To flourish in the same way that our parks flourish, town centres need to provide opportunities for all of us to belong and to participate in what they are and what they will become. They will need to be flexible and able to evolve in an ever-changing and uncertain future.

In transforming our town centres, our key resources are people, buildings and the spaces in between.

We urge councils and the Mayor to work with individual people and small local groups that are already embedded in communities; to genuinely and meaningfully consider diverse views and to facilitate citizen-led dialogue to enable these contributions to define any planning process from the start. Local knowledge and initiative is invaluable and should be prioritised and recompensed in the same way consultants are budgeted for.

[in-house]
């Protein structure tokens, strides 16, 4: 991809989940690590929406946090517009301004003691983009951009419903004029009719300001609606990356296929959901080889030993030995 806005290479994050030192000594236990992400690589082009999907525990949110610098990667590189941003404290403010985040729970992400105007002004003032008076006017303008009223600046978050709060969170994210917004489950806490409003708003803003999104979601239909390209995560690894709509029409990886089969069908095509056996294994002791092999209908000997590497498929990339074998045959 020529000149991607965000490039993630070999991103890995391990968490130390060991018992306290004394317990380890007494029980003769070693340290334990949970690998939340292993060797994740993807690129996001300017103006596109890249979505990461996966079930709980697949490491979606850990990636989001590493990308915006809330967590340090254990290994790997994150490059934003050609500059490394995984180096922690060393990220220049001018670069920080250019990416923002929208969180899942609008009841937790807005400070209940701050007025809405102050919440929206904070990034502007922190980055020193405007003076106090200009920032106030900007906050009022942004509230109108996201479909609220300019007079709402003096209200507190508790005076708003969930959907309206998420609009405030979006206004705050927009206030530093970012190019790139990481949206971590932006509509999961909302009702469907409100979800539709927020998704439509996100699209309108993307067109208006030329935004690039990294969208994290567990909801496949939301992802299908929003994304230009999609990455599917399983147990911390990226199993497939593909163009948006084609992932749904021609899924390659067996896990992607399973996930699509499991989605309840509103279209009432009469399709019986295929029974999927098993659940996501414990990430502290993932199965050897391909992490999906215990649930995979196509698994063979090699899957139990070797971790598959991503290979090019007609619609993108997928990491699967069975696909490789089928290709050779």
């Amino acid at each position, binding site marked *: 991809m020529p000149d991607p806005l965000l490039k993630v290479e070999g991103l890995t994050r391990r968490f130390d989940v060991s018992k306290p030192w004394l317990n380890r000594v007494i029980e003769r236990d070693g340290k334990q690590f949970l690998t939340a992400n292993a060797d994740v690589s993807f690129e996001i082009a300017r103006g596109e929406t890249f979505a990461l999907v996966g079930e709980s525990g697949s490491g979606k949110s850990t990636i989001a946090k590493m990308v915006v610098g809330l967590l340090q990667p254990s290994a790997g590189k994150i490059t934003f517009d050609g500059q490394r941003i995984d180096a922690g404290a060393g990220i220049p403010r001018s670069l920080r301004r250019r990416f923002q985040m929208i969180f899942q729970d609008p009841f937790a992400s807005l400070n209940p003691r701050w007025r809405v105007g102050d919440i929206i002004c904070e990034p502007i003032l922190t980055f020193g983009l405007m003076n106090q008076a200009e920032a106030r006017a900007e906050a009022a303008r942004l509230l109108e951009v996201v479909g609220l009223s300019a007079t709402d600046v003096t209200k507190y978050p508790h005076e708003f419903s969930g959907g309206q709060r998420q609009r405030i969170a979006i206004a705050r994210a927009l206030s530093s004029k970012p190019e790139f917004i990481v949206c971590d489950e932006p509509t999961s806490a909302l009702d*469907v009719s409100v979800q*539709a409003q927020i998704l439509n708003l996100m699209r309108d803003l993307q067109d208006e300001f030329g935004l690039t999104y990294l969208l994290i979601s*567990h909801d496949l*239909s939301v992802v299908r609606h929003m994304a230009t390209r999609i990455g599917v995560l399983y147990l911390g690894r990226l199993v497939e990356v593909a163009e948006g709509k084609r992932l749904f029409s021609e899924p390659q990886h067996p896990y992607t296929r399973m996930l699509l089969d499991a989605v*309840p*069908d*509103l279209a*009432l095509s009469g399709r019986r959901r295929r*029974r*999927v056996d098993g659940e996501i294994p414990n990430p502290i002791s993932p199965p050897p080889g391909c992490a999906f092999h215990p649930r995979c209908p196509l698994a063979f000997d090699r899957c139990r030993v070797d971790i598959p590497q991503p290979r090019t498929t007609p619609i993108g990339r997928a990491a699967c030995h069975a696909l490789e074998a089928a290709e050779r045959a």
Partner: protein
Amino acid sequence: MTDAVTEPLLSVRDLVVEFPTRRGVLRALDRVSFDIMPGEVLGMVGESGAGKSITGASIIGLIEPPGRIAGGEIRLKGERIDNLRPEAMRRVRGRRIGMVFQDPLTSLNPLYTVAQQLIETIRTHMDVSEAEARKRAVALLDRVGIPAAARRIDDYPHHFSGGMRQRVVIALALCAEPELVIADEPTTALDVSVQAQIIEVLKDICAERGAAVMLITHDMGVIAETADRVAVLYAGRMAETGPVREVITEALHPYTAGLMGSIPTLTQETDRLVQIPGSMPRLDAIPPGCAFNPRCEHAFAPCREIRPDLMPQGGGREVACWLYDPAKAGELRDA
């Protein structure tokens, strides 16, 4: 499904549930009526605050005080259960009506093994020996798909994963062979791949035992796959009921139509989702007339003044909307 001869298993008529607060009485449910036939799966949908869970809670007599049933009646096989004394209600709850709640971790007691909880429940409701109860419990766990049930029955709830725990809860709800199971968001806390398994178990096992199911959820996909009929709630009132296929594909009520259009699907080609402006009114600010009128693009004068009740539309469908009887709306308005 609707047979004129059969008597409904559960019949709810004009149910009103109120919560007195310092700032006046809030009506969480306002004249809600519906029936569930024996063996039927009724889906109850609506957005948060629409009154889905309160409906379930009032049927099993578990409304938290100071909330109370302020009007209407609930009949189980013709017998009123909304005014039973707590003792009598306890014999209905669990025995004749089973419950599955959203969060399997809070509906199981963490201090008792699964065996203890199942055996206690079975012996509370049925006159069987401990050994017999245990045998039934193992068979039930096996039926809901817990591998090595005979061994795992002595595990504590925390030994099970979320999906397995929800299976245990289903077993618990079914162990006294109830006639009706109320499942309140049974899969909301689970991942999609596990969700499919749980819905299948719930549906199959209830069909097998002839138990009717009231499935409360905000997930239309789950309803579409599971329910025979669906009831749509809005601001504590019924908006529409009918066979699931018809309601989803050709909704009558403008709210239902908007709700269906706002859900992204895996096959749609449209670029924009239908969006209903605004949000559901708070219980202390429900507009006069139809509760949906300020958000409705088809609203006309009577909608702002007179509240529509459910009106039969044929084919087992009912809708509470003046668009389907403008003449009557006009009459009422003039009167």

The process will need adequate time and finances for discussion and experimentation, so that a range of options can be considered, tried and tested to allow for some kind of consensus and understanding before moving forwards.

Every change should be temporary at first, with design, construction and completion happening in public space, as a method of finding out what works and building on that before committing large amounts of money.

The process will be different in every town, and each place will come up with its own ideas and preferences.

The following suggestions are intended only as examples of things that might be tried out cheaply and quickly:

  • Mobile market stalls free for community use

  • Mobile street furniture designed and made by local craftspeople

  • Relocating health and wellbeing services back into town centres